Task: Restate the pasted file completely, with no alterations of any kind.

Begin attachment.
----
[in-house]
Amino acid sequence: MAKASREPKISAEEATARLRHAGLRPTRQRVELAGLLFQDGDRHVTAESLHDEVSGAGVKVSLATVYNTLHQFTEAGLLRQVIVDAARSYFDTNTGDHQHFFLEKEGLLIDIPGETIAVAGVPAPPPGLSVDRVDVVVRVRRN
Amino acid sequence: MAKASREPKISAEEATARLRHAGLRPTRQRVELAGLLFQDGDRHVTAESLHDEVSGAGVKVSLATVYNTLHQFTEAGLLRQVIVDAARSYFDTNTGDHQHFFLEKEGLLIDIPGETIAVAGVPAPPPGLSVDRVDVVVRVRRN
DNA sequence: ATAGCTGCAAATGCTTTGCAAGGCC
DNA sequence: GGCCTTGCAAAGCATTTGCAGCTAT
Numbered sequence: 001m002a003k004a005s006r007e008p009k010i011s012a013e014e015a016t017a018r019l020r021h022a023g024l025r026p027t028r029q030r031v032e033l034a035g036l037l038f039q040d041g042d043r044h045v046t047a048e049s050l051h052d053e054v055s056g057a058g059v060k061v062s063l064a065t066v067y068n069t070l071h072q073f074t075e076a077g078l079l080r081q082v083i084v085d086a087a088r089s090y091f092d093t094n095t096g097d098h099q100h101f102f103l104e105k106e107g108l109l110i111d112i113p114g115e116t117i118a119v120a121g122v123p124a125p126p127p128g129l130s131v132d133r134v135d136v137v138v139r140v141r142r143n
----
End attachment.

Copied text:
[in-house]
Amino acid sequence: MAKASREPKISAEEATARLRHAGLRPTRQRVELAGLLFQDGDRHVTAESLHDEVSGAGVKVSLATVYNTLHQFTEAGLLRQVIVDAARSYFDTNTGDHQHFFLEKEGLLIDIPGETIAVAGVPAPPPGLSVDRVDVVVRVRRN
Amino acid sequence: MAKASREPKISAEEATARLRHAGLRPTRQRVELAGLLFQDGDRHVTAESLHDEVSGAGVKVSLATVYNTLHQFTEAGLLRQVIVDAARSYFDTNTGDHQHFFLEKEGLLIDIPGETIAVAGVPAPPPGLSVDRVDVVVRVRRN
DNA sequence: ATAGCTGCAAATGCTTTGCAAGGCC
DNA sequence: GGCCTTGCAAAGCATTTGCAGCTAT
Numbered sequence: 001m002a003k004a005s006r007e008p009k010i011s012a013e014e015a016t017a018r019l020r021h022a023g024l025r026p027t028r029q030r031v032e033l034a035g036l037l038f039q040d041g042d043r044h045v046t047a048e049s050l051h052d053e054v055s056g057a058g059v060k061v062s063l064a065t066v067y068n069t070l071h072q073f074t075e076a077g078l079l080r081q082v083i084v085d086a087a088r089s090y091f092d093t094n095t096g097d098h099q100h101f102f103l104e105k106e107g108l109l110i111d112i113p114g115e116t117i118a119v120a121g122v123p124a125p126p127p128g129l130s131v132d133r134v135d136v137v138v139r140v141r142r143n